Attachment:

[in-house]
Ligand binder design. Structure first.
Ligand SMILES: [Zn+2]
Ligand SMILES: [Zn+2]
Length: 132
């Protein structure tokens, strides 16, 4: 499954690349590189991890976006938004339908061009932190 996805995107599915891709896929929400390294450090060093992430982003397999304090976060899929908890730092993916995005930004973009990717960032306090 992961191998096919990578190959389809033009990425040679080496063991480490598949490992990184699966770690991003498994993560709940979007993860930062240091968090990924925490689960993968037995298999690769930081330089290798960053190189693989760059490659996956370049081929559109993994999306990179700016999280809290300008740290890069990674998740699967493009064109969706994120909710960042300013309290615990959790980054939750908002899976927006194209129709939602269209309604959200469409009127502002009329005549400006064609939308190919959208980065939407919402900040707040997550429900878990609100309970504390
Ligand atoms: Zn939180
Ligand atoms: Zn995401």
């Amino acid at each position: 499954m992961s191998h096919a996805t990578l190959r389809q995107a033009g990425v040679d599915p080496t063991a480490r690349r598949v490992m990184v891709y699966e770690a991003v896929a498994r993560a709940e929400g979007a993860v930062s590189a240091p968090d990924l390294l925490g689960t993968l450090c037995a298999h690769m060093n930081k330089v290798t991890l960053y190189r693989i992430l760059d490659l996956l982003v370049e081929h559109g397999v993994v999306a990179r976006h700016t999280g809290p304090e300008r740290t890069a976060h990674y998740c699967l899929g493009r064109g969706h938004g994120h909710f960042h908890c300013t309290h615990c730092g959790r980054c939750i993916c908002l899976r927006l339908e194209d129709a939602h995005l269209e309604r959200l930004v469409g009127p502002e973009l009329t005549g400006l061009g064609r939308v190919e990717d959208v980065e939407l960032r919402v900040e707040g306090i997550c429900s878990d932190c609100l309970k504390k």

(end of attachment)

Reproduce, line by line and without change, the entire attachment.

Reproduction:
[in-house]
Ligand binder design. Structure first.
Ligand SMILES: [Zn+2]
Ligand SMILES: [Zn+2]
Length: 132
């Protein structure tokens, strides 16, 4: 499954690349590189991890976006938004339908061009932190 996805995107599915891709896929929400390294450090060093992430982003397999304090976060899929908890730092993916995005930004973009990717960032306090 992961191998096919990578190959389809033009990425040679080496063991480490598949490992990184699966770690991003498994993560709940979007993860930062240091968090990924925490689960993968037995298999690769930081330089290798960053190189693989760059490659996956370049081929559109993994999306990179700016999280809290300008740290890069990674998740699967493009064109969706994120909710960042300013309290615990959790980054939750908002899976927006194209129709939602269209309604959200469409009127502002009329005549400006064609939308190919959208980065939407919402900040707040997550429900878990609100309970504390
Ligand atoms: Zn939180
Ligand atoms: Zn995401």
């Amino acid at each position: 499954m992961s191998h096919a996805t990578l190959r389809q995107a033009g990425v040679d599915p080496t063991a480490r690349r598949v490992m990184v891709y699966e770690a991003v896929a498994r993560a709940e929400g979007a993860v930062s590189a240091p968090d990924l390294l925490g689960t993968l450090c037995a298999h690769m060093n930081k330089v290798t991890l960053y190189r693989i992430l760059d490659l996956l982003v370049e081929h559109g397999v993994v999306a990179r976006h700016t999280g809290p304090e300008r740290t890069a976060h990674y998740c699967l899929g493009r064109g969706h938004g994120h909710f960042h908890c300013t309290h615990c730092g959790r980054c939750i993916c908002l899976r927006l339908e194209d129709a939602h995005l269209e309604r959200l930004v469409g009127p502002e973009l009329t005549g400006l061009g064609r939308v190919e990717d959208v980065e939407l960032r919402v900040e707040g306090i997550c429900s878990d932190c609100l309970k504390k």